Trillium Book Awards Author Reading 2015

Q & A with Poet Angela Szczepaniak

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A doctoral candidate at the University at Buffalo, Angela Szczepaniak is neck-deep in a dissertation on innovative poetry, detective fiction, and comic books. Her first book is a novel-in-poems, called Unisex Love Poems. In addition to publishing poetry and critical essays, she recently participated in a hygiene themed poetry-art project with LOCCAL, and as a result her visual poetry can be found on placards in some of the finest public restrooms in Seattle. At the moment, she lives in Toronto, where she thinks about being ravaged by time’s withered claw. Angela will be reading with Gillian Sze and Philip Quinn at Pivot Readings at The Press Club tomorrow night.

Wednesday, July 15, 2009
8 p.m. at the Press Club
850 Dundas Street West
Hosted by Carey Toane

1. Your first book, Unisex Love Poems, is a novel-in-poems. What's it about?

It has a loose premise, rather than a cohesive plot… It begins with Slug, who wakes up with a skin rash shaped like the letter h. He becomes obsessed with finding the cause, which he believes is somewhere in his apartment building. He meets Butterfingers, his neighbour, who is a tightrope walker with a series of dating misadventures that she recounts during Slug’s rash excursions in her apartment. Slug is also harassed by Spitz & Spatz, a pair of 3 1/2 inch high vaudevillian lawyers who, against his better judgment, reopen his divorce case (settled years prior), and end up losing his accent to the ex-wife. All of this is intercut with illustrated recipes for sweetbreads and chunks of courtship advice from his-and-her etiquette manual writers.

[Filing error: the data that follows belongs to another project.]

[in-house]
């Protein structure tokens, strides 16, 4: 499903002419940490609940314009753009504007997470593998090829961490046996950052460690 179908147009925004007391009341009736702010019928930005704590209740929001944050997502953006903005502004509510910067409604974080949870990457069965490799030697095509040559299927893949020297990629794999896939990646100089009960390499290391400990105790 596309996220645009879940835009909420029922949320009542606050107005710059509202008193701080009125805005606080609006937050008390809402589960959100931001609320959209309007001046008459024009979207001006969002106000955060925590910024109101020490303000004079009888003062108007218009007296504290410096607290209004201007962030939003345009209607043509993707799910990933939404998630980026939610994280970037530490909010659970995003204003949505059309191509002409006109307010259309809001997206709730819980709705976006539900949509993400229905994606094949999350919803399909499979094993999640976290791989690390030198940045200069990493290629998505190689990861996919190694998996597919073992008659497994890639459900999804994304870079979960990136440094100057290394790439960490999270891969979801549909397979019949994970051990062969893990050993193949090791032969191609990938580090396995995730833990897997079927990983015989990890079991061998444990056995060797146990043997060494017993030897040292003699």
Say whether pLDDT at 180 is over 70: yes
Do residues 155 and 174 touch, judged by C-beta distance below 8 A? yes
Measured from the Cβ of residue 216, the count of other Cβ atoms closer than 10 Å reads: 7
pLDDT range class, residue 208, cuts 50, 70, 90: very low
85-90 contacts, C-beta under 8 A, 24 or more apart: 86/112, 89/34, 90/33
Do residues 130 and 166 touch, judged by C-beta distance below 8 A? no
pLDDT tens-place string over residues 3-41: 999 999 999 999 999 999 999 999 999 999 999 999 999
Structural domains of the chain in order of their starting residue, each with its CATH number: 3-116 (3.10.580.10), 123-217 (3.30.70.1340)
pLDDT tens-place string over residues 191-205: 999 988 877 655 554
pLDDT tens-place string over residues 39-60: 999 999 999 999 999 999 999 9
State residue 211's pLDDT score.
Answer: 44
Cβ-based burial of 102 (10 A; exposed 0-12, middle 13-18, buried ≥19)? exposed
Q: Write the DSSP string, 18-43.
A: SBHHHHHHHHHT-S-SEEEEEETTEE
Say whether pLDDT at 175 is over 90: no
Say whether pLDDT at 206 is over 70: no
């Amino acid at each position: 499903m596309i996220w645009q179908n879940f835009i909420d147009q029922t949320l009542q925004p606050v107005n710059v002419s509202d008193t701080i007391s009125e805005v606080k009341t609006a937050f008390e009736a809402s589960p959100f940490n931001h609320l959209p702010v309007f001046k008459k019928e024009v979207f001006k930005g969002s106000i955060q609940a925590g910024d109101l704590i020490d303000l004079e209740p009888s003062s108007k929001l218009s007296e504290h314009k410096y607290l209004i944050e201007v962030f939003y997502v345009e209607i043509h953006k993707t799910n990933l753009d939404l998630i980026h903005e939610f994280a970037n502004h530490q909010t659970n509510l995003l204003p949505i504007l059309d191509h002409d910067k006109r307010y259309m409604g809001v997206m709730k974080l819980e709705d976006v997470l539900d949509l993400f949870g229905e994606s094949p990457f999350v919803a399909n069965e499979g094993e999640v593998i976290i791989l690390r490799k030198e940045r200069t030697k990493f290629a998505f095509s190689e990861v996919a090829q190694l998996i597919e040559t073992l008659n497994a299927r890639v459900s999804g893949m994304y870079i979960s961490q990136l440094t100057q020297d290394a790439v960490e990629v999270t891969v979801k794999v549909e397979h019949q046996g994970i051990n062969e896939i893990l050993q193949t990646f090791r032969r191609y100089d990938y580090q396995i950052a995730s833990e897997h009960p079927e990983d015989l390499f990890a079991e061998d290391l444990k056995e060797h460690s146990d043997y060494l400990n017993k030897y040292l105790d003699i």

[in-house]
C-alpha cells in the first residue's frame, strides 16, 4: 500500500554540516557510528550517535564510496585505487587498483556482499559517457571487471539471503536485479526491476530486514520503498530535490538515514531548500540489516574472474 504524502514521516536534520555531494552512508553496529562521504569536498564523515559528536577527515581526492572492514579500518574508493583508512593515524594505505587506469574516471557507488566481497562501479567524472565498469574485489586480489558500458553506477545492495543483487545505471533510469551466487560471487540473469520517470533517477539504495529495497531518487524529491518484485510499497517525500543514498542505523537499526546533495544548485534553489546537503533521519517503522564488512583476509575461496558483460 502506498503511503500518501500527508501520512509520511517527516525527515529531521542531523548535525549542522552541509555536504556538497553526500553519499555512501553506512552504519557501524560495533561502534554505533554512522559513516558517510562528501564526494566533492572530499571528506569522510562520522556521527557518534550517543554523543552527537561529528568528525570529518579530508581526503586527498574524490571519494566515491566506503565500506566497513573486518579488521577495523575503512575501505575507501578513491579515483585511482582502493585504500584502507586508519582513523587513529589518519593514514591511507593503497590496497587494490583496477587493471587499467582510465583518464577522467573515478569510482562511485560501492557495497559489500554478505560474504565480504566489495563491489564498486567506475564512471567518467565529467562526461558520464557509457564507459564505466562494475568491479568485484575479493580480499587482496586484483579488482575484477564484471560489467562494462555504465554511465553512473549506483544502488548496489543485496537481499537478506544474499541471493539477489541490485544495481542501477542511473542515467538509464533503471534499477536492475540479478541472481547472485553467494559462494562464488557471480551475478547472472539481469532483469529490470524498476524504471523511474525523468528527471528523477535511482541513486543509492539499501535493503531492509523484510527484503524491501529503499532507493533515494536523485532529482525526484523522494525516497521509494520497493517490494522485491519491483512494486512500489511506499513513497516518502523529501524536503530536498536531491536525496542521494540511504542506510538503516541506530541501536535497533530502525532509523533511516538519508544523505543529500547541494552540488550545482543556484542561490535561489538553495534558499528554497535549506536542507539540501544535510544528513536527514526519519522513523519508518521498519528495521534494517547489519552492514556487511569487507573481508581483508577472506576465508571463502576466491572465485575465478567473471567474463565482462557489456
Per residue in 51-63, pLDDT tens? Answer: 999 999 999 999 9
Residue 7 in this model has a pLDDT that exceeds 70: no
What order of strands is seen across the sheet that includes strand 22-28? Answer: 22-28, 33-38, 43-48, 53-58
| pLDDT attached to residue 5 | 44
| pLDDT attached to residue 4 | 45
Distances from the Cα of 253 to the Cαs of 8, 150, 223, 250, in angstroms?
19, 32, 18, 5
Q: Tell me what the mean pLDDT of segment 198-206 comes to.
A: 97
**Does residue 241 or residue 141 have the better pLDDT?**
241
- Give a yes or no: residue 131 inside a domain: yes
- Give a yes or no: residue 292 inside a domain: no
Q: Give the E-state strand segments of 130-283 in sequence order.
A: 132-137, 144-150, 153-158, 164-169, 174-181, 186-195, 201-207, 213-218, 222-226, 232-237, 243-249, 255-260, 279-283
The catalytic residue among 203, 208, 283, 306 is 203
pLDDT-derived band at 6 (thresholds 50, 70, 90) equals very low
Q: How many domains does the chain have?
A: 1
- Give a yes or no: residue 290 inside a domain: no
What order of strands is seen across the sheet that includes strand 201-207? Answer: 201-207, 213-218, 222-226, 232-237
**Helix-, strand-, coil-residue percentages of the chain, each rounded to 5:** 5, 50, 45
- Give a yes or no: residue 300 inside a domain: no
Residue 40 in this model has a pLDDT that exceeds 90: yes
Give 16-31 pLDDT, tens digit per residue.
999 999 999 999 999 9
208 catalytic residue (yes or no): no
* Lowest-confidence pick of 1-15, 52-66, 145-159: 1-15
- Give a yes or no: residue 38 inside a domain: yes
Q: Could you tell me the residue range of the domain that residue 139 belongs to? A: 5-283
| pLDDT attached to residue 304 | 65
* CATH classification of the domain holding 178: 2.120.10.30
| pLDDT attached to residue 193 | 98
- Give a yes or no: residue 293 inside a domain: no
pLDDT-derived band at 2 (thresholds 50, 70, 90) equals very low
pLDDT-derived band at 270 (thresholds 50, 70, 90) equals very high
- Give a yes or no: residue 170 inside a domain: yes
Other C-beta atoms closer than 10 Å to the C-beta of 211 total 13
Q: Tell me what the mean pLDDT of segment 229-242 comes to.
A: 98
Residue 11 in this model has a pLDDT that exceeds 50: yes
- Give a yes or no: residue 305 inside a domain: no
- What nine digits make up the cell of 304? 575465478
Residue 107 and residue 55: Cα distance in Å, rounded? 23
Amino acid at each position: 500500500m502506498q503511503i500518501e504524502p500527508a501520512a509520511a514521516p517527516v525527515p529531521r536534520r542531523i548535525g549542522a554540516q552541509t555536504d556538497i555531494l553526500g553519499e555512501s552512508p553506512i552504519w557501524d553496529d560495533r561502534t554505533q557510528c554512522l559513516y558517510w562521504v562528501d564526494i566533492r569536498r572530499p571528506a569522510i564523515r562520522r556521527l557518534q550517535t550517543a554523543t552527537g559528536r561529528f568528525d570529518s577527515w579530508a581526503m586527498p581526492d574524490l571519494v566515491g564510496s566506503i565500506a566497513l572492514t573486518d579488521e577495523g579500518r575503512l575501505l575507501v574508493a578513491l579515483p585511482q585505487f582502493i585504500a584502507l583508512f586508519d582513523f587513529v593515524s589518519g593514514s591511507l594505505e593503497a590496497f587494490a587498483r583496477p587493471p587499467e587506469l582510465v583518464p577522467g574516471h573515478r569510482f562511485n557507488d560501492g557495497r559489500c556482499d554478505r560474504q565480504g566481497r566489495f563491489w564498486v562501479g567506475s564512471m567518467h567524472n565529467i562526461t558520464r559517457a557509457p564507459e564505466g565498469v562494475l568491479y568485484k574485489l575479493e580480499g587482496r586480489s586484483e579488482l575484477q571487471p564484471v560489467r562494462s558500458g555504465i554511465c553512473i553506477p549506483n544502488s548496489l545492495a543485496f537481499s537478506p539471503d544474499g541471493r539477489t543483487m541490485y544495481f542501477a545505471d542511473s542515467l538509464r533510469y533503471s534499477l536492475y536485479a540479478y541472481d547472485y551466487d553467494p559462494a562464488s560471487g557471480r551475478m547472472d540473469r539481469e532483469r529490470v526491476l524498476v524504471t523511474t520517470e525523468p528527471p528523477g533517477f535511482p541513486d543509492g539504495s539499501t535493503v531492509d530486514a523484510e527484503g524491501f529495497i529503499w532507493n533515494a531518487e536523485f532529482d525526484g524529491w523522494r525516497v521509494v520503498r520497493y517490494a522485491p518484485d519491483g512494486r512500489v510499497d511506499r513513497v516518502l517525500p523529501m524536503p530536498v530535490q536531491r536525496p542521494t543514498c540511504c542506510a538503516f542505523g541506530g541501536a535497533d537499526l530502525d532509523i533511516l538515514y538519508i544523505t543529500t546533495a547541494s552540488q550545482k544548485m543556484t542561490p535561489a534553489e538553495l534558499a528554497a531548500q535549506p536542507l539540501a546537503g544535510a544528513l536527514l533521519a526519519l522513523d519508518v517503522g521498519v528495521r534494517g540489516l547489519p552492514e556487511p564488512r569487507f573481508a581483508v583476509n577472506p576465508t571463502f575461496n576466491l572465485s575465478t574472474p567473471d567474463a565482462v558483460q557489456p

2. How did you decide to write a novel in poems?

It wasn’t a concrete decision, it’s more just how everything fell together eventually. I don’t really consider genre primarily when I’m writing individual pieces, so whatever form something takes is just what it is. Generally, I’m interested in poetry, narrative, character, language, and images, so the result in this book is a weaving together of many different genres that eventually build toward things like character driven prose-poetry vignettes. I’m not sure what to call that, but “novel-in-poems” seemed like the most concise way to describe what it is. I also like “novular poetry,” but it hasn’t really caught on.

3. Many of the poems in Unisex Love Poems deal with bodies, food, and etiquette. Did the subject matter come to you organically or did you have a concept at the outset?

It was more organic than planned. I find all of those subjects fascinating and after a while of writing bits here and there it started to look like a concept or theme building… When I had a few pieces of each genre in the book written it began to look like there was a concept to shape, so I worked on the cartography of it as a book and wrote the rest from there.

4. You're a doctoral candidate at the University at Buffalo, writing about innovative poetry, detective fiction, and comic books. How have comic books influenced your own writing?

Most directly, there are comic strips in the book, which comes from an appreciation for the medium. But comics also influence how I conceive of a page—I see it as a visual space, a whole field to lay out, rather than focusing just on the words without imagining how it will look on the page. Even when I’m working on a piece that doesn’t have images, I feel like the way a text looks on the page needs to be arranged in a specific way because it affects how it’s read. Then, of course there’s the fusion of text and image, how they work together, each contributing a different aspect of a whole piece, which helps for the poems that I actually illustrate.